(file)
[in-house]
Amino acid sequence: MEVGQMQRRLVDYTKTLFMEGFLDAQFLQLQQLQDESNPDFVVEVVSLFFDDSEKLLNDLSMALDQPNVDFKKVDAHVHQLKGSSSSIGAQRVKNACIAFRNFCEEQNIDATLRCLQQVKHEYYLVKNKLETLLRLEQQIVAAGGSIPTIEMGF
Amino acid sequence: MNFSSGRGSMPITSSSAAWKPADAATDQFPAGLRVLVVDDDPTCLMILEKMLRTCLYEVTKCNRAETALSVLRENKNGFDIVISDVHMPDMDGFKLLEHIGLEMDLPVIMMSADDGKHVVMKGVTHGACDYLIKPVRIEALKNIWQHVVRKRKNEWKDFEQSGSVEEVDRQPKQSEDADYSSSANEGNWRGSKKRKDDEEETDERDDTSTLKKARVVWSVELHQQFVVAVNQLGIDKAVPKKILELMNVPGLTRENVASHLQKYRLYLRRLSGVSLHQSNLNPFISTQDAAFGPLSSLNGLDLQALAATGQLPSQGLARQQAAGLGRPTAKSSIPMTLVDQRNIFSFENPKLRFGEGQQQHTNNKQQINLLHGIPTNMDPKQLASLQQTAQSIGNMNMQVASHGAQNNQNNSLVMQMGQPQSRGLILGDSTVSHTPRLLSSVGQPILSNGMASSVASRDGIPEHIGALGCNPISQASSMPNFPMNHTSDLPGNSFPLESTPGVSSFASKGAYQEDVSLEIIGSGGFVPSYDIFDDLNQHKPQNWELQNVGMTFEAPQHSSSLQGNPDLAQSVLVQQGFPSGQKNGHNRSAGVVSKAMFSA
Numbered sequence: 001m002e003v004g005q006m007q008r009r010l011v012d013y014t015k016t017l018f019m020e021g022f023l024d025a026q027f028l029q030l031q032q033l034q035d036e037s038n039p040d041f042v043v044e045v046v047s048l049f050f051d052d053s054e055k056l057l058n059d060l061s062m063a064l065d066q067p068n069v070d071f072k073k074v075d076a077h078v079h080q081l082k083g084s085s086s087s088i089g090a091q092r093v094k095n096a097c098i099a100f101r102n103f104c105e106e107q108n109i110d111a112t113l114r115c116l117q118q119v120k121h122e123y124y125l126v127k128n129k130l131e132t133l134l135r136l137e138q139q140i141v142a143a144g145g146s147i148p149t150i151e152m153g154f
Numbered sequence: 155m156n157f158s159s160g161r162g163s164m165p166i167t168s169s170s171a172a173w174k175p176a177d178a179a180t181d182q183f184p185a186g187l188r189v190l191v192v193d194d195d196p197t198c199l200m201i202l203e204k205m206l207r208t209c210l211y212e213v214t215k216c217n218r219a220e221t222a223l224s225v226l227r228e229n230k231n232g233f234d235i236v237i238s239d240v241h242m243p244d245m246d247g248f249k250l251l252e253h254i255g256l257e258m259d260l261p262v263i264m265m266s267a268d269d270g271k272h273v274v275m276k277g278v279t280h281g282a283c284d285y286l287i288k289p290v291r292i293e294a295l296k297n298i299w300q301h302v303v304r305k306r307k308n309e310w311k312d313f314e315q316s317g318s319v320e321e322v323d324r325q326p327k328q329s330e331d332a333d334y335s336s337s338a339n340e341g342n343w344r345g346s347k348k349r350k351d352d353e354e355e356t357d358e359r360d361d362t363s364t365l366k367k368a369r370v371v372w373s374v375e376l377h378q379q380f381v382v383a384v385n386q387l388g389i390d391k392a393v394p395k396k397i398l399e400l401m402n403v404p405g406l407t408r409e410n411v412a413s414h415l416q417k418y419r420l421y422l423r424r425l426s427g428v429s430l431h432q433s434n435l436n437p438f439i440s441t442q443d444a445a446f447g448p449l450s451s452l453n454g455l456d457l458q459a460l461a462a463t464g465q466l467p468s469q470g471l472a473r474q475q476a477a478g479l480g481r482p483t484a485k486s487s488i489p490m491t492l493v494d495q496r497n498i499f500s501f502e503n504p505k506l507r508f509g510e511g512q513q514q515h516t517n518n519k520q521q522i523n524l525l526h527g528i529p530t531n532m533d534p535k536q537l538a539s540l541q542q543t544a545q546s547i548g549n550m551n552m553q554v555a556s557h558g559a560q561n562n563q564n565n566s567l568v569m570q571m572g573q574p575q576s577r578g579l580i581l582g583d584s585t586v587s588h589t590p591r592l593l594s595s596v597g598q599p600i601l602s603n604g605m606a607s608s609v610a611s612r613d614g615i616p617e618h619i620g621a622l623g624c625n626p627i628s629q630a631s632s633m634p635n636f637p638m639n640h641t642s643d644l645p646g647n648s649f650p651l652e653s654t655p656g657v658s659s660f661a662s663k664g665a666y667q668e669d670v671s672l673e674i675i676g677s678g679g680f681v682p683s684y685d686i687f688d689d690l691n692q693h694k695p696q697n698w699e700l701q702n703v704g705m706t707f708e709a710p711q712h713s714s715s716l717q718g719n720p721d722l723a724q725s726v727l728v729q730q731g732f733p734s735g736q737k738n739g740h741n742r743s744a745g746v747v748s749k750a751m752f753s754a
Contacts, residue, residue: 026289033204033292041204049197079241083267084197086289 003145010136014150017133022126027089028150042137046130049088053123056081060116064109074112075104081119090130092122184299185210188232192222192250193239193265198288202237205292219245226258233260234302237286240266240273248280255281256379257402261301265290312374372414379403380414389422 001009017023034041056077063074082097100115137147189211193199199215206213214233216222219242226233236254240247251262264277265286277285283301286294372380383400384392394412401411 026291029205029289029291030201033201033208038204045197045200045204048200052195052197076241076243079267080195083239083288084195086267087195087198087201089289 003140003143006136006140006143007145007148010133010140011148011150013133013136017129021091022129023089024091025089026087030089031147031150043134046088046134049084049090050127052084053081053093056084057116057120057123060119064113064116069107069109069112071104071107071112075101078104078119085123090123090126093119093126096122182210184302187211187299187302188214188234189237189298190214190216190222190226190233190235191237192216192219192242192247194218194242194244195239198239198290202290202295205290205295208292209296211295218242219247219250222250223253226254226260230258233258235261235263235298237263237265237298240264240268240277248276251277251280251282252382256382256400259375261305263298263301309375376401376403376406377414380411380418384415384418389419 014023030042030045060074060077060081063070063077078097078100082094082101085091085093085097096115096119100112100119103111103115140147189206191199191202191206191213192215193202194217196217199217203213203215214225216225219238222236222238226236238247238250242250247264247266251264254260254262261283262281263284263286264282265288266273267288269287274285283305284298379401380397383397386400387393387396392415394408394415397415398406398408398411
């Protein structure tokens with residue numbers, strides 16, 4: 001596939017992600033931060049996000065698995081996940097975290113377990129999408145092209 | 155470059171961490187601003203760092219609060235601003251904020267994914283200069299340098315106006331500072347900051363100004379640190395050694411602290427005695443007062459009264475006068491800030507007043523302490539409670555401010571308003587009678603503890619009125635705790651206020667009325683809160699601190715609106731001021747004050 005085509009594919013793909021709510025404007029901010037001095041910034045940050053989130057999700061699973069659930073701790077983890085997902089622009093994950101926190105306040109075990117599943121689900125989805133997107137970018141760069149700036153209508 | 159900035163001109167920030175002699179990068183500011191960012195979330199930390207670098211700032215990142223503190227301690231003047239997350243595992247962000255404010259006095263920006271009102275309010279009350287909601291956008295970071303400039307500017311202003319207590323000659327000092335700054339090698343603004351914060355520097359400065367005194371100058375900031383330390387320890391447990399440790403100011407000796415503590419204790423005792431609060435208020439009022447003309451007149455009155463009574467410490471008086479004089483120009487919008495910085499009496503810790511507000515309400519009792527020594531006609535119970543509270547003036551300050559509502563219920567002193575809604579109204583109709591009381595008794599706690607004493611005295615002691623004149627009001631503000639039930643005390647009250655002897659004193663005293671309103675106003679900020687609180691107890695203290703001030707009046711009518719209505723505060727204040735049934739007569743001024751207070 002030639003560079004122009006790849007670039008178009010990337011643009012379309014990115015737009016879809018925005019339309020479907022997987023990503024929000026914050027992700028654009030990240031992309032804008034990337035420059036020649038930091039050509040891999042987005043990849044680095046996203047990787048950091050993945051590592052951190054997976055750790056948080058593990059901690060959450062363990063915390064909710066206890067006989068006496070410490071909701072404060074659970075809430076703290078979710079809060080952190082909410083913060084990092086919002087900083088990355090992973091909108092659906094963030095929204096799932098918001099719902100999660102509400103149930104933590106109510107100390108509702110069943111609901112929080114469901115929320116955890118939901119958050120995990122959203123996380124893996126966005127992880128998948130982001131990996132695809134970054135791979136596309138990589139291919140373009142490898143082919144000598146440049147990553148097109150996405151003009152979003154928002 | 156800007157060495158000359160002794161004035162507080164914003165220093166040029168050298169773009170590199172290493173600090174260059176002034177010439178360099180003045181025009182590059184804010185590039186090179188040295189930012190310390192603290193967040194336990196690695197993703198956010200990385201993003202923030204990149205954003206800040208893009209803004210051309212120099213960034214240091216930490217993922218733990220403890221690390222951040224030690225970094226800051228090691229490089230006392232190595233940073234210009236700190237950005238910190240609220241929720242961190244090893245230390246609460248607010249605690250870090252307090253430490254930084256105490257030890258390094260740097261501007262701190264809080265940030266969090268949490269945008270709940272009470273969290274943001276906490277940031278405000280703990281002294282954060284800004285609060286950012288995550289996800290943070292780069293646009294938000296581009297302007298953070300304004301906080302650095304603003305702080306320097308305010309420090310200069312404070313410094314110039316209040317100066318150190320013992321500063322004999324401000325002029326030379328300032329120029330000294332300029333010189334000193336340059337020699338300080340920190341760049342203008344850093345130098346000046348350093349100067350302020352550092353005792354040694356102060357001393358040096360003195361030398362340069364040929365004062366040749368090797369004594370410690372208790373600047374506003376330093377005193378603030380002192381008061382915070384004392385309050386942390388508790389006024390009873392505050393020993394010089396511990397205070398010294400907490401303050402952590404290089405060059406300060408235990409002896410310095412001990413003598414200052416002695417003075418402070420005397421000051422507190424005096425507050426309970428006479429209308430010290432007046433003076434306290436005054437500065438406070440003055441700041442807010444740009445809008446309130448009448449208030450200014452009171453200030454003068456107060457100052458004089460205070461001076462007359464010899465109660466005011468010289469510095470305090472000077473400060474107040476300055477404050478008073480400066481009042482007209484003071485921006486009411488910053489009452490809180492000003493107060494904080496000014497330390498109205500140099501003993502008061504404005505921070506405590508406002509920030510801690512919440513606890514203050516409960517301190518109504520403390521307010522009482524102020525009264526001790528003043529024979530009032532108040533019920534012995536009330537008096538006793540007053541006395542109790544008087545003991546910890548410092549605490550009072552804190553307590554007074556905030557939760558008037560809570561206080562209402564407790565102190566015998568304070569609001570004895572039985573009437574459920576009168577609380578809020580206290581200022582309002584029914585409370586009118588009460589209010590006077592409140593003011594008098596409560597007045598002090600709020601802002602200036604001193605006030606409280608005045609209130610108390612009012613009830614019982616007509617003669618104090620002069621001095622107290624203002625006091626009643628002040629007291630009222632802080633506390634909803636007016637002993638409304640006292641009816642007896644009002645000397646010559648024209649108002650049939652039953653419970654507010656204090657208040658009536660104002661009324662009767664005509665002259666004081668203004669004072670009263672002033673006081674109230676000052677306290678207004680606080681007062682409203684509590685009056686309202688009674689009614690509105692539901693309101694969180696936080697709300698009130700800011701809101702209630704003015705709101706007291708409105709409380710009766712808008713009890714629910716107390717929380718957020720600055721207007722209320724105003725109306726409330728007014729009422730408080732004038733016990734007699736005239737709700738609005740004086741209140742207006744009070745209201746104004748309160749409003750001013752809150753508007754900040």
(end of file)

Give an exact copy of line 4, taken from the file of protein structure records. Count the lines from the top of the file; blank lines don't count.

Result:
Numbered sequence: 001m002e003v004g005q006m007q008r009r010l011v012d013y014t015k016t017l018f019m020e021g022f023l024d025a026q027f028l029q030l031q032q033l034q035d036e037s038n039p040d041f042v043v044e045v046v047s048l049f050f051d052d053s054e055k056l057l058n059d060l061s062m063a064l065d066q067p068n069v070d071f072k073k074v075d076a077h078v079h080q081l082k083g084s085s086s087s088i089g090a091q092r093v094k095n096a097c098i099a100f101r102n103f104c105e106e107q108n109i110d111a112t113l114r115c116l117q118q119v120k121h122e123y124y125l126v127k128n129k130l131e132t133l134l135r136l137e138q139q140i141v142a143a144g145g146s147i148p149t150i151e152m153g154f